Jim Neu began working in theater as an actor in Robert Wilson's company in the early 1970's, performing in New York, Europe, Brazil and Iran. When Wilson began employing text in his work, Neu began writing for him. He contributed to the scripts of Wilson's "Ka Mountain," The Life and Times of Joseph Stalin" and "A Letter for Queen Victoria." Neu began writing his own plays with the Napa Valley Theater Company in California in the late '70s. Since 1992, all his new works have been presented by La MaMa, with the exception of "Aerobia," a collaboration with Douglas Dunn at PS122. In all, Neu has written 27 plays, which have been presented by leading experimental theaters in New York, Chicago, Dallas, San Francisco, Philadelphia and London. They include "Him or Me" (1979), "Basic Behavior" (1982), "Mutual Narcissism" (1984), "Duet for Spies" (1987), "An Evening with Jesse James" (1988), "Live Witness" (1992), "Dark Pocket" (1994), "The Floatones" (1995), "Mondo Beyondo" (1997), Undercurrent Incorporated" (1999) and "Target Audience: The Code of the Western" (2003). In 1993, "Live Witness" was published by Theater Communications Group in their "Plays in Process" series. In recent years some of his earlier work has been revived by the Chain Lightning and Miranda theater companies in New York.
In addition to his own work, Neu has collaborated with theater companies Otrabanda, the Talking Band and Bloolips and written text for dance works by David Woodberry, Yoshiko Chuma, Charles Moulton, Cathy Weis and Douglas Dunn. He also wrote the screenplays for Andrew Horn's films "Doomed Love" and "The Big Blue," which both premiered at the Berlin Film Festival. Neu is recipient of a National Endowment for the Arts. Fellowship for New Genres, New York Foundation for the Arts Playwriting Fellowship, a New Works grant by the New York State Council on the Arts and 2000 ArtsLink Collaborative Projects Award.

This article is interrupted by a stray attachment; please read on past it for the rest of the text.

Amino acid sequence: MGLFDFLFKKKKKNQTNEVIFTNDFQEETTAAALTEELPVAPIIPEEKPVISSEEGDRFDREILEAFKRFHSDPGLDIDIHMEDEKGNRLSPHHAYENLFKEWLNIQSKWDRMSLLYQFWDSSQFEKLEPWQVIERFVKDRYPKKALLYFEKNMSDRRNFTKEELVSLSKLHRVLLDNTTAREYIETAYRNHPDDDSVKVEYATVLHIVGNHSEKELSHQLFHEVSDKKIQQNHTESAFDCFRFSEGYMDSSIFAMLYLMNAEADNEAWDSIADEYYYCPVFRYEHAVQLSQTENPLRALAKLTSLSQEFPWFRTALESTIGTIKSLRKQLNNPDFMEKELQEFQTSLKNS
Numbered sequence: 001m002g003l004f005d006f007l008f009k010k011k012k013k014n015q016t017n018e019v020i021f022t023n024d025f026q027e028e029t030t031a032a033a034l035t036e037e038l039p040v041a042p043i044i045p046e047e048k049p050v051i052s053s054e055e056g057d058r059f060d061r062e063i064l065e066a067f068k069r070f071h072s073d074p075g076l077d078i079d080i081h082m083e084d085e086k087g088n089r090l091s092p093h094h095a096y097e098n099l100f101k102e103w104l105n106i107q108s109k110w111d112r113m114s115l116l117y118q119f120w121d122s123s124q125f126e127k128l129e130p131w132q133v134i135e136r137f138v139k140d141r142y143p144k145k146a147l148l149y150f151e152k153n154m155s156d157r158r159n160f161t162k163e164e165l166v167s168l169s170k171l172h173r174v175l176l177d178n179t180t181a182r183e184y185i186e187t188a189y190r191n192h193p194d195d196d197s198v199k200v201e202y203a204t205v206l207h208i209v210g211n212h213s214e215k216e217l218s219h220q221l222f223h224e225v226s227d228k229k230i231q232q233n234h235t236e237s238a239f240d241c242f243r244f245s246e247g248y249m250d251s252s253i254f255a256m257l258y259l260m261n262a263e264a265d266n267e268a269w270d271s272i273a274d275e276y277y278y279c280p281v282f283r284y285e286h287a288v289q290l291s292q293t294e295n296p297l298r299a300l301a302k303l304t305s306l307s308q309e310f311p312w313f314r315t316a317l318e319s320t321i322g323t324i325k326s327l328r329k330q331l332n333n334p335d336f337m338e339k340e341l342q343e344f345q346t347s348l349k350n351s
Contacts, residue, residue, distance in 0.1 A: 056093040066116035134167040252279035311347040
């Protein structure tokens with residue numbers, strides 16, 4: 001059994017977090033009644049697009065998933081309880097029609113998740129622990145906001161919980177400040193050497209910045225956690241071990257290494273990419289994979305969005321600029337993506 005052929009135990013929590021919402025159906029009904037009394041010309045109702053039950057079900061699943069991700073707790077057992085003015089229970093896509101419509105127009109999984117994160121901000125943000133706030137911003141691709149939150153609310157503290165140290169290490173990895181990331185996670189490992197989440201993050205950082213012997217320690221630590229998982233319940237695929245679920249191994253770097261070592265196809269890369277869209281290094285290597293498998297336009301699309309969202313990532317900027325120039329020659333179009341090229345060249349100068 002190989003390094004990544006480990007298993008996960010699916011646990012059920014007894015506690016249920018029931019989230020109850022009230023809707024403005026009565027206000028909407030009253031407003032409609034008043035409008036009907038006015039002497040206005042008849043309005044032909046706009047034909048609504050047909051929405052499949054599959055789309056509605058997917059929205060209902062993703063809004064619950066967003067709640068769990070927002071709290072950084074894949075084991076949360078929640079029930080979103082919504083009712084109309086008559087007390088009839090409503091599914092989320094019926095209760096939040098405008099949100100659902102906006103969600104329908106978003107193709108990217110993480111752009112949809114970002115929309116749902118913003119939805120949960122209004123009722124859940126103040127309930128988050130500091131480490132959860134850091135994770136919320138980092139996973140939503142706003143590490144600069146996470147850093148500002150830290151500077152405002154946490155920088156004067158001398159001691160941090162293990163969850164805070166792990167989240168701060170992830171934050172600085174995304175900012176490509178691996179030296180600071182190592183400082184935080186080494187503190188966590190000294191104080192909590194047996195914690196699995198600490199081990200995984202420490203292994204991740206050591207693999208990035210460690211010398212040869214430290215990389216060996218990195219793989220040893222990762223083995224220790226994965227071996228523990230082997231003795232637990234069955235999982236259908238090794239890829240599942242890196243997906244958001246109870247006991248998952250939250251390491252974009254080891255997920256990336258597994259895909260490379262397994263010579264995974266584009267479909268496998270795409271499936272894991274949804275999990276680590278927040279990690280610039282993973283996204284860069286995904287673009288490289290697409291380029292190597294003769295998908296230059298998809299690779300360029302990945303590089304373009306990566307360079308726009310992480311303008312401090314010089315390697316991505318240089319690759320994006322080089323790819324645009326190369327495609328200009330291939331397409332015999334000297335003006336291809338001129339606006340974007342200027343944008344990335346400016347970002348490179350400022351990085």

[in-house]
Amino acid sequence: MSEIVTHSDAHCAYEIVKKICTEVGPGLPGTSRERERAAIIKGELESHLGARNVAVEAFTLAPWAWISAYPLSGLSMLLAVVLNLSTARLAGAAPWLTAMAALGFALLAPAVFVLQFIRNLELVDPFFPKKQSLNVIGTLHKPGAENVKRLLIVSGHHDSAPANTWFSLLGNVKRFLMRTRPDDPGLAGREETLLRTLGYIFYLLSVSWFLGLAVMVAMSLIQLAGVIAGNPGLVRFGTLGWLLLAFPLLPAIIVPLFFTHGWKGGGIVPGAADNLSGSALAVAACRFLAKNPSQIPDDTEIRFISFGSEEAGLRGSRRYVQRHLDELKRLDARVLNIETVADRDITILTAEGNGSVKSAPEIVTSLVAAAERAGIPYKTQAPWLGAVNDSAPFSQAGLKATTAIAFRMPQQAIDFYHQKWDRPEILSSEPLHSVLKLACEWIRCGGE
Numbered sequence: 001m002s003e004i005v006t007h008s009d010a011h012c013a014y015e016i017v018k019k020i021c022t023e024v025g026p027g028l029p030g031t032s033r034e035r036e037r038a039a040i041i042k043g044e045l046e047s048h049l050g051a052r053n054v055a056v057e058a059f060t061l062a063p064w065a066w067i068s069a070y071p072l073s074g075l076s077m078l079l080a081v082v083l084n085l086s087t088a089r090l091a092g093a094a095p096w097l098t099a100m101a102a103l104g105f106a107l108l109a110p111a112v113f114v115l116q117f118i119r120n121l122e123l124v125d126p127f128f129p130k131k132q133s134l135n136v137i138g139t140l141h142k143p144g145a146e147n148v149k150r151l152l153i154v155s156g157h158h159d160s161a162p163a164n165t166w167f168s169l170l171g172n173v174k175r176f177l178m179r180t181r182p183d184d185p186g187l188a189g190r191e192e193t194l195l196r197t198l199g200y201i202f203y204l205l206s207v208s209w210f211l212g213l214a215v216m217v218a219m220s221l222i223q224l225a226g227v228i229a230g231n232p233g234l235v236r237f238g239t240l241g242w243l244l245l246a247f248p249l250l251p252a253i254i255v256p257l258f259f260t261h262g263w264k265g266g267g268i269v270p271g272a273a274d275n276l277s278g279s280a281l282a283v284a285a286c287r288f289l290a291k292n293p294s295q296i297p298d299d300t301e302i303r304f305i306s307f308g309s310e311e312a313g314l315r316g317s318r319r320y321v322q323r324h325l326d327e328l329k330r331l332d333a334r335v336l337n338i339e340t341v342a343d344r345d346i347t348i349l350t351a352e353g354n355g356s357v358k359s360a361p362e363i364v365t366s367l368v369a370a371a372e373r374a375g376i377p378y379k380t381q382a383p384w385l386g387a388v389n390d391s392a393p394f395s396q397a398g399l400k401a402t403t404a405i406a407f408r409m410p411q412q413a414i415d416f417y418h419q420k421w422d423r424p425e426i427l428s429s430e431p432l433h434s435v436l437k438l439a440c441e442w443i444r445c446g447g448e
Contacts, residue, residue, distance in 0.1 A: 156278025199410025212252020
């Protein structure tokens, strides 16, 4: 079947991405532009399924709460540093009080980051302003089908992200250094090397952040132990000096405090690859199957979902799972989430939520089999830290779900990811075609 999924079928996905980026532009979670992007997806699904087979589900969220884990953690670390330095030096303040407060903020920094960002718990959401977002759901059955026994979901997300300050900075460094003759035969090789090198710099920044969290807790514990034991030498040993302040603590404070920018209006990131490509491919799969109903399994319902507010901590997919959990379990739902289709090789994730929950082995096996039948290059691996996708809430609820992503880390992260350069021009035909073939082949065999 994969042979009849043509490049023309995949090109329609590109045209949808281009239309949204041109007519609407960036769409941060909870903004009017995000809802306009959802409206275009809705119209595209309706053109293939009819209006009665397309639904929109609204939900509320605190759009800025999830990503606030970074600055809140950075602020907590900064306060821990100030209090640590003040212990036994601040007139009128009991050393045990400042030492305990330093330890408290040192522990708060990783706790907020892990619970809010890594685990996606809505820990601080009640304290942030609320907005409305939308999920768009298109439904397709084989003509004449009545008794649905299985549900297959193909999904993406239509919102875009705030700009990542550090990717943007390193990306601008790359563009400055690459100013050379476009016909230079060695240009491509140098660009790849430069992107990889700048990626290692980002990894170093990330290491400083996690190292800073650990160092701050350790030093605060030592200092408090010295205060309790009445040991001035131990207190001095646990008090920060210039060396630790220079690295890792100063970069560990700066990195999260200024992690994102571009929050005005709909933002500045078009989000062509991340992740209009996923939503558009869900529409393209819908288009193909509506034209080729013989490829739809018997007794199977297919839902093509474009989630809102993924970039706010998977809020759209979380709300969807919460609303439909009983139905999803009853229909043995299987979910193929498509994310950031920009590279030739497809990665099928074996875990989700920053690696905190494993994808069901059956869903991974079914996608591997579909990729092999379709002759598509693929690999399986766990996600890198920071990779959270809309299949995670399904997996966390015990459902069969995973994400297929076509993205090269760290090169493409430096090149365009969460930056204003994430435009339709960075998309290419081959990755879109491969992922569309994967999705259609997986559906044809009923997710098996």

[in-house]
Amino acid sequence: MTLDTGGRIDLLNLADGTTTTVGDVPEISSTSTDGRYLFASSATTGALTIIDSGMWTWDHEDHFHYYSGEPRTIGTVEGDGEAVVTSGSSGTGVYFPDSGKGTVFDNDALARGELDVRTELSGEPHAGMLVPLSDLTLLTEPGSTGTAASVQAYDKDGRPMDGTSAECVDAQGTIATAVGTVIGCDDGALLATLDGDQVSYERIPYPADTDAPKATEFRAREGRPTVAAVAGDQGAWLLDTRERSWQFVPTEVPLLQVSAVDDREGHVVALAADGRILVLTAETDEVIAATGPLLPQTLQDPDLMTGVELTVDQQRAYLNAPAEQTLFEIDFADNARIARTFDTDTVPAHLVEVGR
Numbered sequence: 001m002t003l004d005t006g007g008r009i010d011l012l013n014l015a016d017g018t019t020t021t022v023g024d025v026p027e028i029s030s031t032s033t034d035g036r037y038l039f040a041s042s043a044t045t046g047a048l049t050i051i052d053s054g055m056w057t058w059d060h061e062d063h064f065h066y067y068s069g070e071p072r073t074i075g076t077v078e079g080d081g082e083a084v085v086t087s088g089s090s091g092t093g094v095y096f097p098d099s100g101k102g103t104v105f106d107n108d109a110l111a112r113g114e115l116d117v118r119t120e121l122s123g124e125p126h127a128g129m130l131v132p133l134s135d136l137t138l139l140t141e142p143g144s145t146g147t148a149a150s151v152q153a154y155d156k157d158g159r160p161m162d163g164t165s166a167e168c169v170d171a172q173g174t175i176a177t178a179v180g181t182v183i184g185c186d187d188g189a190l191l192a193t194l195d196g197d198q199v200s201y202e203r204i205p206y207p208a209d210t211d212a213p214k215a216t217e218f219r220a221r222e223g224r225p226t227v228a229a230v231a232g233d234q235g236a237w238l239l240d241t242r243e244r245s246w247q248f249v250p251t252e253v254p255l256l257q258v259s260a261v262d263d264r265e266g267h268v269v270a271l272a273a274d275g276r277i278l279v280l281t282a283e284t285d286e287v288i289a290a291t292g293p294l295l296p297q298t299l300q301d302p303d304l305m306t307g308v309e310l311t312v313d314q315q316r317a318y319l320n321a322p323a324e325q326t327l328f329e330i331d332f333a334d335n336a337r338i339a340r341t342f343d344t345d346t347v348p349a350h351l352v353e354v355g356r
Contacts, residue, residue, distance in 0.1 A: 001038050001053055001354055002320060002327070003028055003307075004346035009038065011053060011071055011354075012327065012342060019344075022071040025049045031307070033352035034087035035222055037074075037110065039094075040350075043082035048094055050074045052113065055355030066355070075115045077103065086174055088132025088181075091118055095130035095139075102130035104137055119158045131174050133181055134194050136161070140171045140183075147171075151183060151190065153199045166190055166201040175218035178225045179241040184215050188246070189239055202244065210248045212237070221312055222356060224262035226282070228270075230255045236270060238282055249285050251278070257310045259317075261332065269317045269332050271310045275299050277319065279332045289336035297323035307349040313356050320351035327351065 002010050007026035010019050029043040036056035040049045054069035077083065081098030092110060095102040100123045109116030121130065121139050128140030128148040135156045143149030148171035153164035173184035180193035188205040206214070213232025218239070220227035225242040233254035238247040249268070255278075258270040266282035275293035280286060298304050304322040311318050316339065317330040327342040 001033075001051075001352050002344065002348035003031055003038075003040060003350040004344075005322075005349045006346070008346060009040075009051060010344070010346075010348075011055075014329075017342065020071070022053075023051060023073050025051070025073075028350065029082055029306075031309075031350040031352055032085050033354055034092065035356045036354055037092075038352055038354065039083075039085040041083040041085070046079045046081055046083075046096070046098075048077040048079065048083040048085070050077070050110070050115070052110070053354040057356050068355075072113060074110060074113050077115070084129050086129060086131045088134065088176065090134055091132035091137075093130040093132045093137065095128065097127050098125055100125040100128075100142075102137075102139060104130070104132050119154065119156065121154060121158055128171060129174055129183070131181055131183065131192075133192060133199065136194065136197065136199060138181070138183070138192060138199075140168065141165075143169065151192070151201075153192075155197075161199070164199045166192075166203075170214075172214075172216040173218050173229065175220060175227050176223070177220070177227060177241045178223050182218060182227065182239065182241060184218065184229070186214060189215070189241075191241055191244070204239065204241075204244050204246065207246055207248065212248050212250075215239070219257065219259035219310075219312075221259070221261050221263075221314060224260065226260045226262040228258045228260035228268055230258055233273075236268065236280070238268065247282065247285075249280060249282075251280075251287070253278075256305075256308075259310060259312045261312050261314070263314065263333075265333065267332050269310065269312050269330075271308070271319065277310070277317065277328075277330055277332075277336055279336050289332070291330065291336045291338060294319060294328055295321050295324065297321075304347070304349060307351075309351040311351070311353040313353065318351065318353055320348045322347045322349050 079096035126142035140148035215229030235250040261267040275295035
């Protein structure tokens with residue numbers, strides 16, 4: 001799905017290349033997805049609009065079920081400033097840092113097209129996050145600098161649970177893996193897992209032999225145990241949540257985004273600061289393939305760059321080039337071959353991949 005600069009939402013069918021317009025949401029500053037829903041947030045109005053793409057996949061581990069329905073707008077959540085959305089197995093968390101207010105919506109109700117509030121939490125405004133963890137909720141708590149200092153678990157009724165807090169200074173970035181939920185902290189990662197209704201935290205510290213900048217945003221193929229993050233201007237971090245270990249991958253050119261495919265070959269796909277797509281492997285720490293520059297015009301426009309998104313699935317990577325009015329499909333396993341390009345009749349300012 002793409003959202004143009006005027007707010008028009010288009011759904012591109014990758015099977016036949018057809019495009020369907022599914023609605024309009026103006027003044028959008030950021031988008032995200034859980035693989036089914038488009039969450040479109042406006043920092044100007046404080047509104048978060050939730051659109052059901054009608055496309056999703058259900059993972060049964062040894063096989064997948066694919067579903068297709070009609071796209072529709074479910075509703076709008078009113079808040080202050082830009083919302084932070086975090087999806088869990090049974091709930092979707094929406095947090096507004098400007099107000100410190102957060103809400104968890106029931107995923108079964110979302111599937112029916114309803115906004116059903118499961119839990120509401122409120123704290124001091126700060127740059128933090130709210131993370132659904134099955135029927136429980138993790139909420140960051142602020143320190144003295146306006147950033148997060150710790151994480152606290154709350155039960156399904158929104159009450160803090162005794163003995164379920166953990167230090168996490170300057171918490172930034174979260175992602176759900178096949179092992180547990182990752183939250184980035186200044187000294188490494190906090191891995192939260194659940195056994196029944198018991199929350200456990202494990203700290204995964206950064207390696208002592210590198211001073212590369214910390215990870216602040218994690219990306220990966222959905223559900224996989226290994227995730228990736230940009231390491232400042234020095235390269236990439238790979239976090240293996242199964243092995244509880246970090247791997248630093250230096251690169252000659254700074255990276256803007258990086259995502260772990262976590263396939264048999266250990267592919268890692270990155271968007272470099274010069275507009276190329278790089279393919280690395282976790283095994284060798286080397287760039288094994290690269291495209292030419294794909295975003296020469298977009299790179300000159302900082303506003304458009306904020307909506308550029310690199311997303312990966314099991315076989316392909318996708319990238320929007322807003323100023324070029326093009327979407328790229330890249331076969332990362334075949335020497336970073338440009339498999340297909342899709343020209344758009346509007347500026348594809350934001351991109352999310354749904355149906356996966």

Reviewing Neu's "Target Audience: The Code of the Western" (2003-4), Robert Simonson wrote in Time Out, "Playwright-actor Jim Neu…may be the most unfairly uncelebrated of downtown auteurs. Neu is as adept at twisting language and meaning as Mac Wellman, has been as artistically consistent as Richard Foreman and was cleaving his texts to disorienting songs long before Richard Maxwell was old enough to drink."
Jim Neu's creative history is documented on www.JimNeu.com. The site contains insightful introductions by Ulla Dydo and Keith McDermott, overviews (with photos) of all his plays from 1985 to the present, as well as a chronology of his artistic career beginning with his early days in Robert Wilson's company (1970-75).
No One Talks Media-Speak Like Product Pusher
by Andy Webster, New York Times
Jim Neu, a veteran of experimental theater and a standby at La MaMa, has struck again with “Gang of Seven,” a brief but engaging torrent of intriguing ideas and dizzying wordplay. Largely a conversation among seven archetypes seated onstage, the play raises a heady froth of provocation within its hourlong running time.
The assembled are members of a focus group — Raymond, an aging wag in a bow tie (Byron Thomas); the refined Dawn (Mary Shultz), who fears the group is losing its “veil of anonymity”; the corporate curmudgeon Steve (Mr. Neu); the free-spirited Sh’rell (Chris Maresca); the entrepreneurial hustler Michael (John Costelloe); the naïve teenager Sandy (Kristine Lee); and Frank, a working-class stiff (Tony Nunziata). They congratulate themselves on their authority to confer status on things never made entirely clear: products, say, or political candidates. Together, they delight in the fabrication of reality, the manufacture of perception, and employ a baffling marketing-speak (“veneer management,” “facade-ism” and “rumorizing”).
Their smug solidarity is tested by flare-ups of independence and spontaneity, embodied at one point by a mild flirtation between Ms. Maresca and Mr. Costelloe, but things eventually right themselves, if these electronic-media-addled consumers can ever be well adjusted.
“Uncommitted is the new black, and I’ve learned to be proud,” Ms. Lee says. Utterly compliant, they have been hidden from their own feelings: “I can barely remember the last time I felt so close to myself!” Mr. Nunziata says tearfully. Ultimately, the play turns to theatrical convention but invests it with new meaning.
“Gang of Seven” rewards repeat viewing — once is not enough to savor the abundant verbal pirouettes. The actors are appealing, well served by Mr. Neu’s frequent director, Keith McDermott, and conveying a palpable rapport. Some are familiar hands on Neu productions, and others are new, but discerning the veterans from the rookies isn’t easy. (Ms. Shultz and Mr. Neu are especially good.) By the end you may not have retained all of the play’s notions, but your brain will be abuzz with them.